MANA in Parliament, 19-21 February 2013

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Government Bills up this week

The government progressed a number of bills through Parliament this week, and again, MANA continued to oppose them all. They included the:

International Finance Agreements Amendment Bill to bring New Zealand law into line with voting changes at the International Monetary Fund. The bill also enables any future changes to be made via regulation rather than legislation i.e. by a Cabinet decision and not via Parliamentary scrutiny which MANA was not prepared to support. The bill was passed into law on Thursday.

Environment Canterbury (Temporary Commissioners and Improved Water Management) Amendment Bill which continues to side-line the need for a democratically elected local body and deny local citizens their right to elect their own councillors and all so the government can appoint their own commissioners who will further weaken land and water allocation protections to pave the way for more farming and irrigation in the Canterbury region. There is already an over-allocation of water rights in Canterbury which erodes water quality and this bill will make the situation worse. MANA has and will continue to oppose the bill at all stages in the parliamentary process. The bill will be up for its third and final reading next week.

Local and Members Bills

Whanganui MP, Chester Borrows, continued to push the local councils bill to privatise the Cold Creek water supply in South Taranaki against the express wishes of the four local iwi

Ngati Ruanui, Taranaki, Nga Ruahine, and Nga Rauru. The South Taranaki District Council continues to push for the transfer without having undertaken any meaningful consultation with marae, hapu and iwi leaders for many years. To add insult to injury, the Crown has told Taranaki and Ng? Ruahine that there are no assets to return to them as part of their Treaty settlement negotiations, and here they are giving the green light for the council to divest itself of water supply to a private limited company. MANA has and will continue to oppose the bill at all stages in Parliament.

David Clarks Holidays (Full Recognition of Waitangi Day and ANZAC Day) Amendment Bill came up for second reading this week. The purpose of the bill is to enable these days to be celebrated on a Monday if they fall on a weekend, giving us a guaranteed public holiday. MANA is thrilled to support the bill and the second reading vote will come up next Members Day. It looks likely it will be supported all the way and become law later in the year tauke!

Christchurch school closures

Early in the week Education Minister, Hekia Parata, announced which schools in Christchurch will remain open and which ones will either merge or close or be moved as is to happen with one of the two kura kaupapa Maori. While some schools and local communities were very relieved to find theyll remain standing, others were gutted to learn of their fate and all continue to raise big concerns over the upside-down process used by the government in coming to these decisions. And many schools and communities facing closure are also asking how their kids are to get to schools located in other suburbs. See the MANA website, www.mana.net.nz, for Hones media statement on the announcement. The general feeling about this and many of the other decisions of Minister Parata was very aptly demonstrated at Te Matatini over the weekend as she came forward to present one of the awards instead of polite applause, she was greeted by a mass booing it was one of Matatinis many highlights!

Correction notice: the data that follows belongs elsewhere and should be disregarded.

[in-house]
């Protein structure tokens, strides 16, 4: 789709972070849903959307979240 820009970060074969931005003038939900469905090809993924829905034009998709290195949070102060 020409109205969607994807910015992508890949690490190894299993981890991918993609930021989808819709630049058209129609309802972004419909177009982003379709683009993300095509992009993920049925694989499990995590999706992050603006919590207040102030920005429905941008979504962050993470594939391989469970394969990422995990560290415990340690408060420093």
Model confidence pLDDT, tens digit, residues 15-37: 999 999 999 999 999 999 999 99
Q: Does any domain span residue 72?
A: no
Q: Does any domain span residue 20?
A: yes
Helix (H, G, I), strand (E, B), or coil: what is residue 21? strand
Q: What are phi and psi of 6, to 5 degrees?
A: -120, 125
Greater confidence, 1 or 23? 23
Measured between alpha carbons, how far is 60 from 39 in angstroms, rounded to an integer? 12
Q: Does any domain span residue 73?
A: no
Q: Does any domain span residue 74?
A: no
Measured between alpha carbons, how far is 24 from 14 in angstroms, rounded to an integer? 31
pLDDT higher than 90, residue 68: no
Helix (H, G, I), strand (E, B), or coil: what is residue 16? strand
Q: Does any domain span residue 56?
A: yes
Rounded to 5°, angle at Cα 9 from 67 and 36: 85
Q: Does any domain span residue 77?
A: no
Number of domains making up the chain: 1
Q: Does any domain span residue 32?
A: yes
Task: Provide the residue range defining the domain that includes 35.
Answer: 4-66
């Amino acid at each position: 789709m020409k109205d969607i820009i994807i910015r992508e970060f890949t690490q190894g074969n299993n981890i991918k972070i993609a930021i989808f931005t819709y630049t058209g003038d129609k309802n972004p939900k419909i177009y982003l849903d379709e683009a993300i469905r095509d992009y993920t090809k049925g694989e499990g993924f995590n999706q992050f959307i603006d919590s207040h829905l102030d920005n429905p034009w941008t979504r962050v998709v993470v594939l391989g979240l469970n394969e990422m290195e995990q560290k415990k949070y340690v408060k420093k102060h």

Public submissions on charter schools bill

This week Parliaments Education and Science select committee continued to hear public submissions on the Education Amendment Bill to establish charter schools. A number of teacher organisations presented, including the NZ Teachers Committee and the PPTA, and talked about the importance of quality registered teachers to student success as charter schools will be able to employ non-registered teachers. Other groups such as QPEC (Quality Public Education Union) and the TEU (Tertiary Education Union) talked about the poor learning results from charter schools in the US where accountability is to profit margins rather than student achievement. Te Huarahi Maori Motuhake of the PPTA said that while some Maori are looking at charter schools as a way to be able to set up and operate their own schools, it was important to take note that privatisation has meant worse not better outcomes for Maori. The committee will continue to hear submissions in the coming weeks.

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